Teach your children well about alcohol and drugs and the heartache that never ends

By Bob Houghtaling

Todd Morsilli and Tim Lyons were two young men who lost their lives after being struck by vehicles operated by drivers under the influence of alcohol. Both tragedies had a significant impact on the town of East Greenwich. Todd’s death led to a number of statewide prevention efforts (serving as the impetus for our local Drug Program) and Tim’s passing saw laws tighten to include stiff sentences for those intoxicated behind the wheel. Both losses rocked the community. Worse, both loses were devastating to the Morsilli and Lyons families.

For a number of reasons it is important to remember the toll alcohol abuse causes our society. I consider underage drinking as a part of that abuse. All too often we hear that ‘everybody is doing it’ in terms of teenage alcohol consumption. We also hear about drinking being a rite of passage and it is not as bad as other drugs. Making matters worse, are adults who condone underage drinking by letting their kids consume at home or them trying to relate by telling ‘when I was a kid’ boozing stories. During my nearly 33-year tenure as the Director of the East Greenwich Drug Program one of the major concerns I consistently see is the ignoring or minimizing of teenage alcohol use.

Earlier this year, I made presentations at a number of Cole Middle School health classes. After spending a significant amount of time discussing cultural norms, the topic changed to parental attitudes. When I asked a bunch of 13 and 14 year olds how many of them ever attended adult gatherings, where alcohol was being consumed, about 80 percent of the students raised their hands. When I followed up with how many of them had seen grown ups drive home after drinking too much, more than one-third stated they had witnessed this behavior. Kids notice such things.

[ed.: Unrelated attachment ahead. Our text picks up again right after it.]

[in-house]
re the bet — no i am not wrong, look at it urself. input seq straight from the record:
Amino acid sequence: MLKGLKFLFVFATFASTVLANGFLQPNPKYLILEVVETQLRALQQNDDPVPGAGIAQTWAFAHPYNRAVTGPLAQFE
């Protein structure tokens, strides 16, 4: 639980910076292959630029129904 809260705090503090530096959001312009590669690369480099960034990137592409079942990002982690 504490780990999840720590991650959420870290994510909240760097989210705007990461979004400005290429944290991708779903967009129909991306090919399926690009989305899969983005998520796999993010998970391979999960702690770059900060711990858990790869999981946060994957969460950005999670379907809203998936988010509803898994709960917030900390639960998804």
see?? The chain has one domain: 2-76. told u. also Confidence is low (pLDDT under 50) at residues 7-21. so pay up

Our culture often sends out many mixed messages when considering alcohol. We tell kids not to drink or at least not get in a car with someone who has imbibed. At the same time we celebrate and grieve with alcohol. We also use it to calm our nerves, party and relax. While I am certainly not calling for a return to Prohibition, it would be nice if we could clarify our attitudes towards drinking, at least as it pertains to young people.

We are about to enter the prom and graduation season. This is certainly a time to celebrate the achievements of young people. However, it should also be a time when adults send out strong messages regarding underage drinking. Sometimes being an adult means that you’ll get on the unpopular list. I guess that goes with the territory.

Sometime back I did a Podcast with Richard Morsilli, Todd’s father. I will be posting that interview again as a little seasonal reminder. Richard’s grace and willingness to help is laudable. The pain he, and his family, continues to feel is, at times, overwhelming. You can hear the podcast by visiting http://rhoughtaling.libsyn.com, dated April 2014, it’s titled A Father’s Love. You can also hear it by visiting the East Greenwich Academy Foundation website at egacademyfoundation.org. I encourage parents to listen with their children.

Alcohol continues to be a major concern for teens. Unfortunately, I continue to hear of far too many parties where parents ignore or condone this potentially dangerous situation. Growing up can be difficult as it is, mixing in alcohol can make things even more confusing. Kids desperately need adult guidance and modeling – even when they say the opposite. So, enjoy Spring and all of its offerings. Let us make sure that we help young people enjoy it too. Remember Todd and Tim.